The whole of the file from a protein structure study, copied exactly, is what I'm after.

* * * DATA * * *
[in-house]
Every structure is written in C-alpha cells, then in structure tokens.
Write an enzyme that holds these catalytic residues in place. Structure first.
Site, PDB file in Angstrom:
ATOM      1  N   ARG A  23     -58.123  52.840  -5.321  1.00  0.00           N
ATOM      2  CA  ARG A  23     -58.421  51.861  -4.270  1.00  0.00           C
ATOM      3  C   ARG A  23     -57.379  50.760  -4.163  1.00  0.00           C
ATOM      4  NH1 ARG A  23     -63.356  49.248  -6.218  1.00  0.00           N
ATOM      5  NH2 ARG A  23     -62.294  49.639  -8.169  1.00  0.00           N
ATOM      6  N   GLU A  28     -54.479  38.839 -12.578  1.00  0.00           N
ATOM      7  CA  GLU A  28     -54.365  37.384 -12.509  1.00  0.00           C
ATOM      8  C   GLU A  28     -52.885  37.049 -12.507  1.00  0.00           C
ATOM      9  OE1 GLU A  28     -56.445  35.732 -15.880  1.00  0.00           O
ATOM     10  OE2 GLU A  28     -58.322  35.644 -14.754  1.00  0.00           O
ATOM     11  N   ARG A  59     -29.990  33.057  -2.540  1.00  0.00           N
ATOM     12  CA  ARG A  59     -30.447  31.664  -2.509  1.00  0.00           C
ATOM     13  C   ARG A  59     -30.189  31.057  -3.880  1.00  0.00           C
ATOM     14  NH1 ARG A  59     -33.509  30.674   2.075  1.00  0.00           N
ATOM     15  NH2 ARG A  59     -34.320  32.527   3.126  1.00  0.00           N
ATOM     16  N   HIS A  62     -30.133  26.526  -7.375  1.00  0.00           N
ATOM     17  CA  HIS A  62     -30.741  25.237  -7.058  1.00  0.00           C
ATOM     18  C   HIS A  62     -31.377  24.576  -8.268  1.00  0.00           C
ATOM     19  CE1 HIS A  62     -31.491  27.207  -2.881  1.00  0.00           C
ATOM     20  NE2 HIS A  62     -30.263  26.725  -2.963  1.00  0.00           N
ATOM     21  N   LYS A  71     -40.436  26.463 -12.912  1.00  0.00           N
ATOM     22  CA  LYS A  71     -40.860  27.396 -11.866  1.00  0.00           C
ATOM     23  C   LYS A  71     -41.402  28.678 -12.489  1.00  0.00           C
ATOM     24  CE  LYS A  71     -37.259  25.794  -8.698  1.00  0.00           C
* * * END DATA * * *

[in-house]
Every structure is written in C-alpha cells, then in structure tokens.
Write an enzyme that holds these catalytic residues in place. Structure first.
Site, PDB file in Angstrom:
ATOM      1  N   ARG A  23     -58.123  52.840  -5.321  1.00  0.00           N
ATOM      2  CA  ARG A  23     -58.421  51.861  -4.270  1.00  0.00           C
ATOM      3  C   ARG A  23     -57.379  50.760  -4.163  1.00  0.00           C
ATOM      4  NH1 ARG A  23     -63.356  49.248  -6.218  1.00  0.00           N
ATOM      5  NH2 ARG A  23     -62.294  49.639  -8.169  1.00  0.00           N
ATOM      6  N   GLU A  28     -54.479  38.839 -12.578  1.00  0.00           N
ATOM      7  CA  GLU A  28     -54.365  37.384 -12.509  1.00  0.00           C
ATOM      8  C   GLU A  28     -52.885  37.049 -12.507  1.00  0.00           C
ATOM      9  OE1 GLU A  28     -56.445  35.732 -15.880  1.00  0.00           O
ATOM     10  OE2 GLU A  28     -58.322  35.644 -14.754  1.00  0.00           O
ATOM     11  N   ARG A  59     -29.990  33.057  -2.540  1.00  0.00           N
ATOM     12  CA  ARG A  59     -30.447  31.664  -2.509  1.00  0.00           C
ATOM     13  C   ARG A  59     -30.189  31.057  -3.880  1.00  0.00           C
ATOM     14  NH1 ARG A  59     -33.509  30.674   2.075  1.00  0.00           N
ATOM     15  NH2 ARG A  59     -34.320  32.527   3.126  1.00  0.00           N
ATOM     16  N   HIS A  62     -30.133  26.526  -7.375  1.00  0.00           N
ATOM     17  CA  HIS A  62     -30.741  25.237  -7.058  1.00  0.00           C
ATOM     18  C   HIS A  62     -31.377  24.576  -8.268  1.00  0.00           C
ATOM     19  CE1 HIS A  62     -31.491  27.207  -2.881  1.00  0.00           C
ATOM     20  NE2 HIS A  62     -30.263  26.725  -2.963  1.00  0.00           N
ATOM     21  N   LYS A  71     -40.436  26.463 -12.912  1.00  0.00           N
ATOM     22  CA  LYS A  71     -40.860  27.396 -11.866  1.00  0.00           C
ATOM     23  C   LYS A  71     -41.402  28.678 -12.489  1.00  0.00           C
ATOM     24  CE  LYS A  71     -37.259  25.794  -8.698  1.00  0.00           C